Thirdly, if you look at the price changes that occur in both directions, you will note that these changes are not linear. If interest rates rise, the price of a bond declines as maturity length increases, but those increases occur at a declining rate. That decline in the rate of increase begins to be noticeable approximately after the 10-year mark. Similarly, if interest rates decline, the price of bonds increases as maturity length increases, but again, at a declining rate that begins to be noticeable at the approximate 10-year mark. Nonetheless, it remains the case that price changes are greatest at the highest maturity length.

Finally, note that the price changes that occur if interest rates move up or down are somewhat larger if interest rates decline than if they go up. For example, for the 30-year bond, if interest rates go up by 100 basis points, the price of the bond declines by 11.3%. But if interest rates decline by 100 basis points, the price of the same bond goes up by 13.8%. Similarly, if interest rates go up by 200 basis points, the price of the 30-year bond declines by 20.6%. But if interest rates decline, the price of the same bond goes up by 30.9%. That distinction is obviously a desirable characteristic: Your bond appreciates more in value if interest rates decline than it loses if interest rates rise. This characteristic has a somewhat formidable name: It is known as convexity.

In summary, while the numbers vary somewhat for different bonds, both Table 1 and Table 2 illustrate two basic principles. First, the prices of bonds and interest rates move in opposite directions. If interest rates decline, the price of a bond goes up, and if interest rates rise, the price of a bond declines. Second, bonds with longer maturities incur significantly higher interest rate risk than those with shorter maturities. That is a disadvantage if interest rates rise, but an advantage if interest rates decline.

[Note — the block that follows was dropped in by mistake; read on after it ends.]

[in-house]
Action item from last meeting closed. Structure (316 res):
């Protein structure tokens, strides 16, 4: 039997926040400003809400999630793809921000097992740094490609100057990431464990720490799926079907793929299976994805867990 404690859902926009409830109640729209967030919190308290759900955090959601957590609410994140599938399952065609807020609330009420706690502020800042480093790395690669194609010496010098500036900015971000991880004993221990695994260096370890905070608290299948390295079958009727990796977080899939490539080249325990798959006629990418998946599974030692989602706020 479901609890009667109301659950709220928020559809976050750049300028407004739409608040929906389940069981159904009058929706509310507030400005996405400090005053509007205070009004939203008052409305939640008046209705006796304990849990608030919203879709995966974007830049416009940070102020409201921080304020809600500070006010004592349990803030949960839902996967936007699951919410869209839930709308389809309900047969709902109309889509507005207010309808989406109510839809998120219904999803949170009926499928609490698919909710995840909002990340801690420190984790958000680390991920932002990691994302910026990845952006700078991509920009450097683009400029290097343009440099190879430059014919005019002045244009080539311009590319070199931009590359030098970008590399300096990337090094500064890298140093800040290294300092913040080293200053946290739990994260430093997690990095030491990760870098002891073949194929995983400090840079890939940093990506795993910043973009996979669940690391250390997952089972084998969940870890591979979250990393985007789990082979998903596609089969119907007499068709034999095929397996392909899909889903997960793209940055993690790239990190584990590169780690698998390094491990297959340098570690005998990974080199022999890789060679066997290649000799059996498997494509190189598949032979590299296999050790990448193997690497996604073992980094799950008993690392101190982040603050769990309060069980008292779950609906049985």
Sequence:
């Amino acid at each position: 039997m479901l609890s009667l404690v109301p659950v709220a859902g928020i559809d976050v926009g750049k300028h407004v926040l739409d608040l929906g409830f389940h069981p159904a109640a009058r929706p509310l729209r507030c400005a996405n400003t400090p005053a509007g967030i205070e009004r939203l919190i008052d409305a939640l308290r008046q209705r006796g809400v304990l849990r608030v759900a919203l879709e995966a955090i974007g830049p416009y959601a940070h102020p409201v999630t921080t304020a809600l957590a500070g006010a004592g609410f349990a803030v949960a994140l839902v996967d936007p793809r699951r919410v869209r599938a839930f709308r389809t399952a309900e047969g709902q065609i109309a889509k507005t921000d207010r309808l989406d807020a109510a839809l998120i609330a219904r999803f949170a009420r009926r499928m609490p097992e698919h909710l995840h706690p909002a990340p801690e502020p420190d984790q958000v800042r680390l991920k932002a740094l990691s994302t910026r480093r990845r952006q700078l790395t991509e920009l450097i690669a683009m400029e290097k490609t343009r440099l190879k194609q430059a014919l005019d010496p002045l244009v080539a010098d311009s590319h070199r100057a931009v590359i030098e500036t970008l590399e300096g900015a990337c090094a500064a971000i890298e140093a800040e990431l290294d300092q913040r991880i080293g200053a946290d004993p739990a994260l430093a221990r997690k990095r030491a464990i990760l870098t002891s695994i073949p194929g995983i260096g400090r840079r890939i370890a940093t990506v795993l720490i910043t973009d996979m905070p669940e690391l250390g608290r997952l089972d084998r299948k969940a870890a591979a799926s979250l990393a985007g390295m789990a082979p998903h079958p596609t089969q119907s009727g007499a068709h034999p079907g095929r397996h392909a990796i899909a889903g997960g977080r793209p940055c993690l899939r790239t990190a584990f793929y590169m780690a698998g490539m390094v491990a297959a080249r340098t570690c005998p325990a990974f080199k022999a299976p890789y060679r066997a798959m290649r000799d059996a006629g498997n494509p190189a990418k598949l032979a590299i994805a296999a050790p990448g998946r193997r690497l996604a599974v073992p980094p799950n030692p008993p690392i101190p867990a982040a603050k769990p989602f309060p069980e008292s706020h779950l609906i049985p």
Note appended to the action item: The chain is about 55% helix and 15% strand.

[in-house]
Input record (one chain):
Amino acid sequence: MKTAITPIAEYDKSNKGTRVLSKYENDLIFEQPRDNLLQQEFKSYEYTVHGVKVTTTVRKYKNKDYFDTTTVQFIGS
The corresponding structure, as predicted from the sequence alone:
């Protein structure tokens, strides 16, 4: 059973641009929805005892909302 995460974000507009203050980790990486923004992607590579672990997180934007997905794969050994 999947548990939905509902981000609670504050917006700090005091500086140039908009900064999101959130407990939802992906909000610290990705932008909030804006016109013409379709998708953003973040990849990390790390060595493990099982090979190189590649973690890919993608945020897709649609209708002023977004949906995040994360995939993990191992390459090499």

So now we have the two faces of interest rate fluctuations: risk and opportunity. It may sound paradoxical, but a rising or strong bond market is one in which interest rates are declining because that causes bond prices to rise. A weak bond market is one in which interest rates are rising and, as a result, prices are falling. If you have to sell your bonds, you may have to do so at a loss. In either case, the changes in price are correlated to maturity length.


Step 3: If Long-Term Bonds Are So Risky, Why Would Anyone Purchase Them?

Here are some questions and answers that will help illustrate several other important aspects of managing interest rate risk:

If long-term bonds are so risky, why would anyone purchase them?

One reason is that many investors believe that long-term bonds provide the highest yields (or maximum income). That, however, is not necessarily true. If all other factors are equal, long-term bonds have higher coupons than shorter-term bonds of the same credit quality. But intermediate bonds in the A to AA range often yield as much as AAA bonds with far longer maturities, and they are much less volatile. (Note that this relationship is considered normal. But there are times when interest rates on short maturities are higher than interest rates on longer maturities.)